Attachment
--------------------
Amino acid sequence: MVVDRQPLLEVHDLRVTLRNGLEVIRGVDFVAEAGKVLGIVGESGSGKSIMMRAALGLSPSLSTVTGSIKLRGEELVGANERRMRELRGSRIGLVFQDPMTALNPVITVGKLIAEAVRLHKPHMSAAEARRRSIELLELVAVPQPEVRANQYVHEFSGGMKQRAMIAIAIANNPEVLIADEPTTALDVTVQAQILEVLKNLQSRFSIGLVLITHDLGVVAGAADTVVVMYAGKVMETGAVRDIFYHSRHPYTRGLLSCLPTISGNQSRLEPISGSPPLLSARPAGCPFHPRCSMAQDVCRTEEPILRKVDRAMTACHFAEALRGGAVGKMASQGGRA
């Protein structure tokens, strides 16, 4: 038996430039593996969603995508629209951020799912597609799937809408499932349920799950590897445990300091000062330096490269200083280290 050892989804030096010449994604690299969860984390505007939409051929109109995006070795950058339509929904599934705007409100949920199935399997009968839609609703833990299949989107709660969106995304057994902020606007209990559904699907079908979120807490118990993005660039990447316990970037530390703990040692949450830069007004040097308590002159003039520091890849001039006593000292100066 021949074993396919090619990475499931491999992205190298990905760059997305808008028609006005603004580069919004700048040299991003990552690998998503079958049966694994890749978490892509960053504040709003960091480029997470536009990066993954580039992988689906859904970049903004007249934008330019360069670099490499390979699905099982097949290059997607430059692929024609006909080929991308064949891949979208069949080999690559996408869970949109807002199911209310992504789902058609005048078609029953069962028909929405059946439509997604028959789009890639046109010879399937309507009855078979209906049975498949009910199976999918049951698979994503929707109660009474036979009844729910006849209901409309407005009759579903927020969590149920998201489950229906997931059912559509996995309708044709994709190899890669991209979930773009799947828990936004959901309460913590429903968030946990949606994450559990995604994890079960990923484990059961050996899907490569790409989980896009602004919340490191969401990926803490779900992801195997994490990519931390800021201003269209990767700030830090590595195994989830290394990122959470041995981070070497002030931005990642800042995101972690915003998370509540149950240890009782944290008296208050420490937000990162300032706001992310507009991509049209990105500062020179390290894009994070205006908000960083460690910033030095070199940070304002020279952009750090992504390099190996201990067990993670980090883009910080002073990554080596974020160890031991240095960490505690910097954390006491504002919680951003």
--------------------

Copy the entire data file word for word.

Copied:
Amino acid sequence: MVVDRQPLLEVHDLRVTLRNGLEVIRGVDFVAEAGKVLGIVGESGSGKSIMMRAALGLSPSLSTVTGSIKLRGEELVGANERRMRELRGSRIGLVFQDPMTALNPVITVGKLIAEAVRLHKPHMSAAEARRRSIELLELVAVPQPEVRANQYVHEFSGGMKQRAMIAIAIANNPEVLIADEPTTALDVTVQAQILEVLKNLQSRFSIGLVLITHDLGVVAGAADTVVVMYAGKVMETGAVRDIFYHSRHPYTRGLLSCLPTISGNQSRLEPISGSPPLLSARPAGCPFHPRCSMAQDVCRTEEPILRKVDRAMTACHFAEALRGGAVGKMASQGGRA
């Protein structure tokens, strides 16, 4: 038996430039593996969603995508629209951020799912597609799937809408499932349920799950590897445990300091000062330096490269200083280290 050892989804030096010449994604690299969860984390505007939409051929109109995006070795950058339509929904599934705007409100949920199935399997009968839609609703833990299949989107709660969106995304057994902020606007209990559904699907079908979120807490118990993005660039990447316990970037530390703990040692949450830069007004040097308590002159003039520091890849001039006593000292100066 021949074993396919090619990475499931491999992205190298990905760059997305808008028609006005603004580069919004700048040299991003990552690998998503079958049966694994890749978490892509960053504040709003960091480029997470536009990066993954580039992988689906859904970049903004007249934008330019360069670099490499390979699905099982097949290059997607430059692929024609006909080929991308064949891949979208069949080999690559996408869970949109807002199911209310992504789902058609005048078609029953069962028909929405059946439509997604028959789009890639046109010879399937309507009855078979209906049975498949009910199976999918049951698979994503929707109660009474036979009844729910006849209901409309407005009759579903927020969590149920998201489950229906997931059912559509996995309708044709994709190899890669991209979930773009799947828990936004959901309460913590429903968030946990949606994450559990995604994890079960990923484990059961050996899907490569790409989980896009602004919340490191969401990926803490779900992801195997994490990519931390800021201003269209990767700030830090590595195994989830290394990122959470041995981070070497002030931005990642800042995101972690915003998370509540149950240890009782944290008296208050420490937000990162300032706001992310507009991509049209990105500062020179390290894009994070205006908000960083460690910033030095070199940070304002020279952009750090992504390099190996201990067990993670980090883009910080002073990554080596974020160890031991240095960490505690910097954390006491504002919680951003």